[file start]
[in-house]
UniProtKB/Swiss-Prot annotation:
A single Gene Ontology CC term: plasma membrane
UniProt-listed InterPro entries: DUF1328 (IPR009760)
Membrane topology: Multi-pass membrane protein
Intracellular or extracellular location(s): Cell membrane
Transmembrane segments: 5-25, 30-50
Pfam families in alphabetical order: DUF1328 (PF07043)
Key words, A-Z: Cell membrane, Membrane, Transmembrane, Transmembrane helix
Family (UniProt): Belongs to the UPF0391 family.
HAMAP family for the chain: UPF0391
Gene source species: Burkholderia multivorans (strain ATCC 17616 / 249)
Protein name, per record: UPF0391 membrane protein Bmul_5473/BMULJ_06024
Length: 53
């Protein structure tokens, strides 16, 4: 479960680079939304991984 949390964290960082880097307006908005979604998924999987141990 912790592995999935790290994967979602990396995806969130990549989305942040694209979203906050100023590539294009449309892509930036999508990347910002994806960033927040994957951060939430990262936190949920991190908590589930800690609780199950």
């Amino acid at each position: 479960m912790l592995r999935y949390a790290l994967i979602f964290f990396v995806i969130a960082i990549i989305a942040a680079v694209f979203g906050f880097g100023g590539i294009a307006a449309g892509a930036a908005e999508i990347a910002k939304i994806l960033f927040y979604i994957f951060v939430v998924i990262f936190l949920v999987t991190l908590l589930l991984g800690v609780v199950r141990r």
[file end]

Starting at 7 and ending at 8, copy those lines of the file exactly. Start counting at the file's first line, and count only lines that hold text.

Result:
Transmembrane segments: 5-25, 30-50
Pfam families in alphabetical order: DUF1328 (PF07043)